By Kate Kelland and Raphael Satter
LONDON/WASHINGTON (Reuters) – U.S. President Donald Trump’s musings on whether injecting disinfectants might treat COVID-19 horrified medical professionals on Friday and raised fresh concerns that his stream-of-consciousness briefings could push frightened people to poison themselves with untested treatments.
An international chorus of doctors and health experts urged people not to drink or inject disinfectant after Trump on Thursday suggested that scientists should investigate inserting the cleaning agent into the body as a way to cure COVID-19, the respiratory illness caused by the new coronavirus.
Trump on Friday sought to portray his remarks as sarcasm.
“I was asking a question sarcastically to reporters like you just to see what would happen,” Trump told reporters at the White House.
His remarks during his daily media briefing on Thursday, directed at doctors in the room who serve on his coronavirus task force, did not come across as sarcasm.
Medical experts denounced Trump’s suggestions and leading Democrats blasted the Republican president.
“It is unfortunate that I have to comment on this, but people should under no circumstances ingest or inject bleach or disinfectant,” American Medical Association President Patrice Harris said in a statement. “Rest assured when we eventually find a treatment for or vaccine against COVID-19, it will not be in the cleaning supplies aisle.”
Trump said on Thursday that scientists should explore whether inserting ultraviolet light or disinfectant into the bodies of people infected with the coronavirus might help them clear the disease.
“Is there a way we can do something like that by injection, inside, or almost a cleaning?” Trump asked. “It would be interesting to check that.”
Pressed repeatedly about the issue on Friday, Trump said he was not encouraging people to ingest disinfectant.
Trump also has promoted an anti-malaria drug called hydroxychloroquine to treat COVID-19 even though its effectiveness is unproven and there are concerns about heart issues. The U.S. Food and Drug Administration on Friday cautioned against using hydroxychloroquine in COVID-19 patients outside of hospitals and clinical trials, citing risks of serious heart rhythm problems.
Reckitt Benckiser <RB.L>, a British company that manufactures the household disinfectants Dettol and Lysol, issued a statement warning people not to ingest or inject its products.
The American Cleaning Institute, representing the U.S. cleaning products industry, said in a statement, “Disinfectants are meant to kill germs or viruses on hard surfaces. Under no circumstances should they ever be used on one’s skin, ingested or injected internally.”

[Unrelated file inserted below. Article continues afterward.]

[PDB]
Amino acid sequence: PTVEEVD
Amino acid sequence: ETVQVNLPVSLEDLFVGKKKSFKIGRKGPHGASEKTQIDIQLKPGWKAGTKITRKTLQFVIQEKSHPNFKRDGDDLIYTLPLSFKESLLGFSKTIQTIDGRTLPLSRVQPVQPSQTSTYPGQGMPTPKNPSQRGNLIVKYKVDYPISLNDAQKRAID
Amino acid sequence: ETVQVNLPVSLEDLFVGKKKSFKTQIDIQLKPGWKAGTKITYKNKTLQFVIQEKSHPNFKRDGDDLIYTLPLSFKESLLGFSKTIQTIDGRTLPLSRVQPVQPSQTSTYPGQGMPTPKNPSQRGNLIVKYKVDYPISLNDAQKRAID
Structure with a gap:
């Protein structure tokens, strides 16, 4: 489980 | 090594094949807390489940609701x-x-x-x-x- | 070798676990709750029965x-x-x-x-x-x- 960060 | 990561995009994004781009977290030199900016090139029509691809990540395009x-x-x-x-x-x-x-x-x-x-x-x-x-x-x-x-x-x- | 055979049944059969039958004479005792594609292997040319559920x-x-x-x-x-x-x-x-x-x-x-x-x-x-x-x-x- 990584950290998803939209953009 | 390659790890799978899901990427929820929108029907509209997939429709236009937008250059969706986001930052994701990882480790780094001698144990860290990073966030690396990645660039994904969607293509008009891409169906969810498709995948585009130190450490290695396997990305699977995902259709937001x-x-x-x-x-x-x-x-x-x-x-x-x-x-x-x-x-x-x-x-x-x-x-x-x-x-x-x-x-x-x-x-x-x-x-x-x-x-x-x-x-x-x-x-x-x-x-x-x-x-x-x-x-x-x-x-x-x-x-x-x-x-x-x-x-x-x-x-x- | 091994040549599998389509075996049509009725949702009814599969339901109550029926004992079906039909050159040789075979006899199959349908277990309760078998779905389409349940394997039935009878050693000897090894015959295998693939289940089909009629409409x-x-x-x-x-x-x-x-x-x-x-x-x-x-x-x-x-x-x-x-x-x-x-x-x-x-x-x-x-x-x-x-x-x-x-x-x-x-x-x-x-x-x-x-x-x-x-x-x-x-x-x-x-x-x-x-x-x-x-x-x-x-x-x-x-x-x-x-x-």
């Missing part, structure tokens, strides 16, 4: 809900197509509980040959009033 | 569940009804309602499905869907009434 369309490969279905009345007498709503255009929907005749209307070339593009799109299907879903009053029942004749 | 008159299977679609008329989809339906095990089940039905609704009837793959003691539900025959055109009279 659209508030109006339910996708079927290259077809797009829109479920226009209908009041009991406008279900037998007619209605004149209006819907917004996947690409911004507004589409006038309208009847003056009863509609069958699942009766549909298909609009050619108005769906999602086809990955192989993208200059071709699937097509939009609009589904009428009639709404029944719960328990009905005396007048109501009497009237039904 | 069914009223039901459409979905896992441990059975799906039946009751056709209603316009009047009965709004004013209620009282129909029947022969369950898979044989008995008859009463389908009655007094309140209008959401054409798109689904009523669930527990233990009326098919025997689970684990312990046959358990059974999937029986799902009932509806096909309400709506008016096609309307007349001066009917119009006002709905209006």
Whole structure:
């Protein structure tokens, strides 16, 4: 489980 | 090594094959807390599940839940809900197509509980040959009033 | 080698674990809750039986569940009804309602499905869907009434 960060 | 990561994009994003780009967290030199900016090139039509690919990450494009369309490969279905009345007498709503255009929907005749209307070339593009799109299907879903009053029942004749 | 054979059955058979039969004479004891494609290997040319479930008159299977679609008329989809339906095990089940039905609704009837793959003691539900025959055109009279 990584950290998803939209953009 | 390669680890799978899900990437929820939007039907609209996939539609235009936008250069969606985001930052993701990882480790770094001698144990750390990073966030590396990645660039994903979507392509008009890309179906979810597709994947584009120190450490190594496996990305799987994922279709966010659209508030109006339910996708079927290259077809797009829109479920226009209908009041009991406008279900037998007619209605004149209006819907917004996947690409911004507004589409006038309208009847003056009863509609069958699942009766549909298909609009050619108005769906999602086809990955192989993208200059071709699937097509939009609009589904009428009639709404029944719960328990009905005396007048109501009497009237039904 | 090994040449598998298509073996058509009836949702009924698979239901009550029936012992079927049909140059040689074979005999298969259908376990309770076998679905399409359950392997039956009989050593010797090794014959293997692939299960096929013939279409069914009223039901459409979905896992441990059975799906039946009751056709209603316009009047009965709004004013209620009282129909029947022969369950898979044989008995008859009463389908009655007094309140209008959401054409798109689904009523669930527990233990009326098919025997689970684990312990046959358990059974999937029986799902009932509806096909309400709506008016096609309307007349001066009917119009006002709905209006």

There were early signs that at least some Americans were preparing to act on Trump’s comments. A spokesman for Maryland’s governor wrote on Twitter that the state’s Emergency Management Agency had received more than 100 calls about the use of bleach to treat COVID-19.
House of Representatives Speaker Nancy Pelosi, the top Democrat in the U.S. Congress, said she doubted that the Republican president was being sarcastic, telling MSNBC sarcastically “it seemed like he was speaking from his usual great authority on every subject.”
Joe Biden, Trump’s presumptive Democratic challenger in the Nov. 3 U.S. election, wrote on Twitter, “I can’t believe I have to say this, but please don’t drink bleach.”
TORRENT OF RIDICULE
Trump’s suggestion unleashed a torrent of ridicule online, with one comedian on social media app TikTok miming the action of injecting bleach into her veins like a drug.
On Twitter, journalists shared a video of Deborah Birx, the coordinator of the White House task force on the coronavirus, who appeared to look down, hunch her shoulders, and blink rapidly as Trump told the briefing that disinfectant “does a tremendous number on the lungs.”
The White House initially on Friday said critics were taking Trump’s remarks out of context. At an Oval Office event later on Friday, as Trump sought to walk back his comments he also returned to the notion that disinfectants and sunlight might help within the body.
Health professionals have been encouraging people to wash their hands thoroughly with soap or to use hand sanitizer to combat the spread of the virus.
“I do think that disinfectant on the hands could have a very good effect,” Trump said.
“Sun and heat and humidity wipe it out. And this is from tests – they’ve been doing these tests for … a number of months. And the result – so then I said, ‘Well, how do we do it inside the body or even outside the body with the hands and disinfectant I think would work.'”
While ultraviolet rays are known to kill viruses contained in droplets in the air, doctors say there is no way UV light could be introduced into the human body to target cells infected with the coronavirus.
“Neither sitting in the sun, nor heating will kill a virus replicating in an individual patient’s internal organs,” said Penny Ward, a professor in pharmaceutical medicine at Kings College London.
(Reporting by Kate Kelland in London and Raphael Satter in Washington; Additional reporting by Jeff Mason, Steve Holland and Lisa Lambert in Washington; Editing by William Maclean, Howard Goller and Will Dunham)